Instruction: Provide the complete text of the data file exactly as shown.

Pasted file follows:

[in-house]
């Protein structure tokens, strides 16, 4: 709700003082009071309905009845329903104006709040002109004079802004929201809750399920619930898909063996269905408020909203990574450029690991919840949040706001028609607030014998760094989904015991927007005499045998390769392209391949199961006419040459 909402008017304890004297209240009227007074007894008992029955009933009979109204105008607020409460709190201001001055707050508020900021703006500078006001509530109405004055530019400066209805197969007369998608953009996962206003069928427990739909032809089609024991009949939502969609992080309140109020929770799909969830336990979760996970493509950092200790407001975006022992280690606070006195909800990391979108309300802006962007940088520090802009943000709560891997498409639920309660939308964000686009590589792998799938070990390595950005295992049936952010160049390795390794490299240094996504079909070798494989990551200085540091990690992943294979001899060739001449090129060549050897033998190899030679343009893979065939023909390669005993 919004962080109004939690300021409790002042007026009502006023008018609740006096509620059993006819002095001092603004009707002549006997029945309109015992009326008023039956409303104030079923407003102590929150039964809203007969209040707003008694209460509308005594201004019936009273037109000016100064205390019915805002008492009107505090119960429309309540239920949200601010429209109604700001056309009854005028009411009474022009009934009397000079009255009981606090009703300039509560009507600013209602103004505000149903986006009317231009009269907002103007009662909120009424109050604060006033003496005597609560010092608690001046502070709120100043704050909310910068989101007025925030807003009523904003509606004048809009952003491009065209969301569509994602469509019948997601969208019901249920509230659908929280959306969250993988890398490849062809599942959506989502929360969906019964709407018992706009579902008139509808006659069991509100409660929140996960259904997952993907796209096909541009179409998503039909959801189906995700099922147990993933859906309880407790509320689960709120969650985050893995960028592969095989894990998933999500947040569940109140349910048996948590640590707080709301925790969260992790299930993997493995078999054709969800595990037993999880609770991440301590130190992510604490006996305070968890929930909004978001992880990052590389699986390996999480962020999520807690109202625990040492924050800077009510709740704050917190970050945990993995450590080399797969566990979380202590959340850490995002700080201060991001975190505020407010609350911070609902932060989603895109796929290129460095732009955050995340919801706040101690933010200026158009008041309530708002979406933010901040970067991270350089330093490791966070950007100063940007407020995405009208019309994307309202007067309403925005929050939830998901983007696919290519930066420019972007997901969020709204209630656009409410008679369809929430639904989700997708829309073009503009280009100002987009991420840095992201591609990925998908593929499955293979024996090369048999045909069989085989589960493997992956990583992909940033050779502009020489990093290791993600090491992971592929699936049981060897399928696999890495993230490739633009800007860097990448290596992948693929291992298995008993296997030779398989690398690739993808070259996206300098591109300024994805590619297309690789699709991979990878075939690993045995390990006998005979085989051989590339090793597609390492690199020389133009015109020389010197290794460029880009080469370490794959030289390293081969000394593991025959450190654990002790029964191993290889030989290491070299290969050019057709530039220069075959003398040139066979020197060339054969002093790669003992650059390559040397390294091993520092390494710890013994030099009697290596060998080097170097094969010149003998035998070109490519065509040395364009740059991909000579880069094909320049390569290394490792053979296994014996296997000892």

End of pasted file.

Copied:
[in-house]
């Protein structure tokens, strides 16, 4: 709700003082009071309905009845329903104006709040002109004079802004929201809750399920619930898909063996269905408020909203990574450029690991919840949040706001028609607030014998760094989904015991927007005499045998390769392209391949199961006419040459 909402008017304890004297209240009227007074007894008992029955009933009979109204105008607020409460709190201001001055707050508020900021703006500078006001509530109405004055530019400066209805197969007369998608953009996962206003069928427990739909032809089609024991009949939502969609992080309140109020929770799909969830336990979760996970493509950092200790407001975006022992280690606070006195909800990391979108309300802006962007940088520090802009943000709560891997498409639920309660939308964000686009590589792998799938070990390595950005295992049936952010160049390795390794490299240094996504079909070798494989990551200085540091990690992943294979001899060739001449090129060549050897033998190899030679343009893979065939023909390669005993 919004962080109004939690300021409790002042007026009502006023008018609740006096509620059993006819002095001092603004009707002549006997029945309109015992009326008023039956409303104030079923407003102590929150039964809203007969209040707003008694209460509308005594201004019936009273037109000016100064205390019915805002008492009107505090119960429309309540239920949200601010429209109604700001056309009854005028009411009474022009009934009397000079009255009981606090009703300039509560009507600013209602103004505000149903986006009317231009009269907002103007009662909120009424109050604060006033003496005597609560010092608690001046502070709120100043704050909310910068989101007025925030807003009523904003509606004048809009952003491009065209969301569509994602469509019948997601969208019901249920509230659908929280959306969250993988890398490849062809599942959506989502929360969906019964709407018992706009579902008139509808006659069991509100409660929140996960259904997952993907796209096909541009179409998503039909959801189906995700099922147990993933859906309880407790509320689960709120969650985050893995960028592969095989894990998933999500947040569940109140349910048996948590640590707080709301925790969260992790299930993997493995078999054709969800595990037993999880609770991440301590130190992510604490006996305070968890929930909004978001992880990052590389699986390996999480962020999520807690109202625990040492924050800077009510709740704050917190970050945990993995450590080399797969566990979380202590959340850490995002700080201060991001975190505020407010609350911070609902932060989603895109796929290129460095732009955050995340919801706040101690933010200026158009008041309530708002979406933010901040970067991270350089330093490791966070950007100063940007407020995405009208019309994307309202007067309403925005929050939830998901983007696919290519930066420019972007997901969020709204209630656009409410008679369809929430639904989700997708829309073009503009280009100002987009991420840095992201591609990925998908593929499955293979024996090369048999045909069989085989589960493997992956990583992909940033050779502009020489990093290791993600090491992971592929699936049981060897399928696999890495993230490739633009800007860097990448290596992948693929291992298995008993296997030779398989690398690739993808070259996206300098591109300024994805590619297309690789699709991979990878075939690993045995390990006998005979085989051989590339090793597609390492690199020389133009015109020389010197290794460029880009080469370490794959030289390293081969000394593991025959450190654990002790029964191993290889030989290491070299290969050019057709530039220069075959003398040139066979020197060339054969002093790669003992650059390559040397390294091993520092390494710890013994030099009697290596060998080097170097094969010149003998035998070109490519065509040395364009740059991909000579880069094909320049390569290394490792053979296994014996296997000892």